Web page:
The song had a bouncy and fun vibe, though the lyrics point out the regrets and call for help for such a simple feeling. With its current theme in the lyrics, it created this sort of in-the-now and made it a bit more relatable. As I was making the music, I wanted to try to dabble with live instruments, so it would be easy for me to create live performances of the song.

What's the story behind your latest single, "Home?"

“Home” was a collaboration song with my co-Dreamify artist Paul Lagac. He reached out to me and asked if I was down for a collab for his track, which was already almost complete. The second verse was the only one missing. I wrote my part out of the concept that Paul gave me, and it explains the struggle of having to move out and coming to terms of changes in your life. And despite all that, it reminds you that you still have the chance to seek happiness and love. It turned out to be such a sweet and dreamy song, which is notable in the lyrics. I was excited for this collaboration since Paul Lagac has always been an amazing songwriter and producer, and it was a chance to join him in his addictive melodies.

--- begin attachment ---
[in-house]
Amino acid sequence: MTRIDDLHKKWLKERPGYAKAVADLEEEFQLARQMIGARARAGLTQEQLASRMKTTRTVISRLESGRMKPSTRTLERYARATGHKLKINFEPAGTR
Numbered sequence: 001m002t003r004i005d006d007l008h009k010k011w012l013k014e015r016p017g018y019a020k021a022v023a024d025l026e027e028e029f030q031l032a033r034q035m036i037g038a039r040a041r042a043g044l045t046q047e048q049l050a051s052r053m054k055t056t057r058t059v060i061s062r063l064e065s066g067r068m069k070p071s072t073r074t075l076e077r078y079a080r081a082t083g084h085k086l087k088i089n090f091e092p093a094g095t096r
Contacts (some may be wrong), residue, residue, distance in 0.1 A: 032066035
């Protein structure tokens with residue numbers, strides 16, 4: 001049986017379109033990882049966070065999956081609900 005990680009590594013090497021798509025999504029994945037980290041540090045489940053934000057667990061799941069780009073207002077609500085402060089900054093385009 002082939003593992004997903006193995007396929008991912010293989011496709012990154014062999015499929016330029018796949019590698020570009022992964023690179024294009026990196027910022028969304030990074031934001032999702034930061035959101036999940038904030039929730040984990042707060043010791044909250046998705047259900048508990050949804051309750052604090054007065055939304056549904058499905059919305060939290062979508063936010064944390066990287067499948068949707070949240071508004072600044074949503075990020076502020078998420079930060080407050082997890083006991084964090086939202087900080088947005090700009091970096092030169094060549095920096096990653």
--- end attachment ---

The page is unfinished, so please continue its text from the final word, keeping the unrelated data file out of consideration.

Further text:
What's next for YNISH? Any future projects or gigs you're participating in soon?

This upcoming November 11, I'll be joining my co-Dreamify artists for our big event, which is the “Dreamify Take Over: ONSE-ONSE,” the last leg of our “Road To Take Over” tour, happening at Balcony Music House. I’ll be performing with a live band once again and it’s composed of my co-artists.

For my own music, I have lots of collaborations in the making, and I’m pretty excited about that as well. I’m transitioning back into pop-R&B for my future releases, so I’ve got a lot in store for my listeners, for sure. I just can’t wait to share them all next year.

This interview has been edited for length and clarity. To know more about YNISH, follow her on Instagram or Facebook. You can also stream her music on YouTube and Spotify.